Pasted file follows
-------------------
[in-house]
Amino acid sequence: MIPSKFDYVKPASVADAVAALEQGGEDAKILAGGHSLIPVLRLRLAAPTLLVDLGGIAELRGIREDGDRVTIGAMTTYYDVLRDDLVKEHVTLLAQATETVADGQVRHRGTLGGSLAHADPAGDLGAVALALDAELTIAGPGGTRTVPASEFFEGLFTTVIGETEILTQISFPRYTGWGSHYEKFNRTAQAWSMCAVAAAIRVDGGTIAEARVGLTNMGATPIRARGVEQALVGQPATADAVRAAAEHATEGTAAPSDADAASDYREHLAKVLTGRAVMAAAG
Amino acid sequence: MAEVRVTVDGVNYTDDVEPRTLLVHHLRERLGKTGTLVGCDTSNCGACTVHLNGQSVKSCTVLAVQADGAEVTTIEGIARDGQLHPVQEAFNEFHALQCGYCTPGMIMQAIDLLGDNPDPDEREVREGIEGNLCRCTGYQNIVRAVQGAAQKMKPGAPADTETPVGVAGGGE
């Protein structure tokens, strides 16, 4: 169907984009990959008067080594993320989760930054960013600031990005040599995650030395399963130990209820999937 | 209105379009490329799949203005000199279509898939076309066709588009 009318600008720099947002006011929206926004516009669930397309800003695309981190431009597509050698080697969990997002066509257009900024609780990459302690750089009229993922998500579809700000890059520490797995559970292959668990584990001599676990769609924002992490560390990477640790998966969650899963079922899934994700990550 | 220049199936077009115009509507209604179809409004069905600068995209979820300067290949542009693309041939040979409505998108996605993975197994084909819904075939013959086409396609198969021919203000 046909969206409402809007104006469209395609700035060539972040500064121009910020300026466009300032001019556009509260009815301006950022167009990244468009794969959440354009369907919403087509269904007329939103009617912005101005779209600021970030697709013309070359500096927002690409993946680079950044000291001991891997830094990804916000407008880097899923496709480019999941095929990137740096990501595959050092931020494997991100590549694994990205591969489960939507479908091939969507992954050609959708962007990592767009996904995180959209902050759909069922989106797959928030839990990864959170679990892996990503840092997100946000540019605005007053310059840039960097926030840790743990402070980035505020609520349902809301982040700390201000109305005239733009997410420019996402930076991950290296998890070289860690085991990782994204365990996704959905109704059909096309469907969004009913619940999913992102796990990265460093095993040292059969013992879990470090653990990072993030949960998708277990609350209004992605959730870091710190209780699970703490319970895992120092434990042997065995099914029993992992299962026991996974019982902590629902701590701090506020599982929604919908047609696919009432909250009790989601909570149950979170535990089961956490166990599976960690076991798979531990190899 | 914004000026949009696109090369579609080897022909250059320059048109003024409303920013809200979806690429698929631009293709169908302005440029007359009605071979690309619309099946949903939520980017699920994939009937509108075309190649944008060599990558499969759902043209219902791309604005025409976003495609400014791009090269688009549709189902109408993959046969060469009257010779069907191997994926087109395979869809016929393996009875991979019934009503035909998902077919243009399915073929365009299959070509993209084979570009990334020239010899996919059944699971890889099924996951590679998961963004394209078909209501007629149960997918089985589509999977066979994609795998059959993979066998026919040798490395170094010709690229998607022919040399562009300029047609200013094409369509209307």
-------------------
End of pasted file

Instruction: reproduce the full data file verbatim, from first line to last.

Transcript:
[in-house]
Amino acid sequence: MIPSKFDYVKPASVADAVAALEQGGEDAKILAGGHSLIPVLRLRLAAPTLLVDLGGIAELRGIREDGDRVTIGAMTTYYDVLRDDLVKEHVTLLAQATETVADGQVRHRGTLGGSLAHADPAGDLGAVALALDAELTIAGPGGTRTVPASEFFEGLFTTVIGETEILTQISFPRYTGWGSHYEKFNRTAQAWSMCAVAAAIRVDGGTIAEARVGLTNMGATPIRARGVEQALVGQPATADAVRAAAEHATEGTAAPSDADAASDYREHLAKVLTGRAVMAAAG
Amino acid sequence: MAEVRVTVDGVNYTDDVEPRTLLVHHLRERLGKTGTLVGCDTSNCGACTVHLNGQSVKSCTVLAVQADGAEVTTIEGIARDGQLHPVQEAFNEFHALQCGYCTPGMIMQAIDLLGDNPDPDEREVREGIEGNLCRCTGYQNIVRAVQGAAQKMKPGAPADTETPVGVAGGGE
């Protein structure tokens, strides 16, 4: 169907984009990959008067080594993320989760930054960013600031990005040599995650030395399963130990209820999937 | 209105379009490329799949203005000199279509898939076309066709588009 009318600008720099947002006011929206926004516009669930397309800003695309981190431009597509050698080697969990997002066509257009900024609780990459302690750089009229993922998500579809700000890059520490797995559970292959668990584990001599676990769609924002992490560390990477640790998966969650899963079922899934994700990550 | 220049199936077009115009509507209604179809409004069905600068995209979820300067290949542009693309041939040979409505998108996605993975197994084909819904075939013959086409396609198969021919203000 046909969206409402809007104006469209395609700035060539972040500064121009910020300026466009300032001019556009509260009815301006950022167009990244468009794969959440354009369907919403087509269904007329939103009617912005101005779209600021970030697709013309070359500096927002690409993946680079950044000291001991891997830094990804916000407008880097899923496709480019999941095929990137740096990501595959050092931020494997991100590549694994990205591969489960939507479908091939969507992954050609959708962007990592767009996904995180959209902050759909069922989106797959928030839990990864959170679990892996990503840092997100946000540019605005007053310059840039960097926030840790743990402070980035505020609520349902809301982040700390201000109305005239733009997410420019996402930076991950290296998890070289860690085991990782994204365990996704959905109704059909096309469907969004009913619940999913992102796990990265460093095993040292059969013992879990470090653990990072993030949960998708277990609350209004992605959730870091710190209780699970703490319970895992120092434990042997065995099914029993992992299962026991996974019982902590629902701590701090506020599982929604919908047609696919009432909250009790989601909570149950979170535990089961956490166990599976960690076991798979531990190899 | 914004000026949009696109090369579609080897022909250059320059048109003024409303920013809200979806690429698929631009293709169908302005440029007359009605071979690309619309099946949903939520980017699920994939009937509108075309190649944008060599990558499969759902043209219902791309604005025409976003495609400014791009090269688009549709189902109408993959046969060469009257010779069907191997994926087109395979869809016929393996009875991979019934009503035909998902077919243009399915073929365009299959070509993209084979570009990334020239010899996919059944699971890889099924996951590679998961963004394209078909209501007629149960997918089985589509999977066979994609795998059959993979066998026919040798490395170094010709690229998607022919040399562009300029047609200013094409369509209307």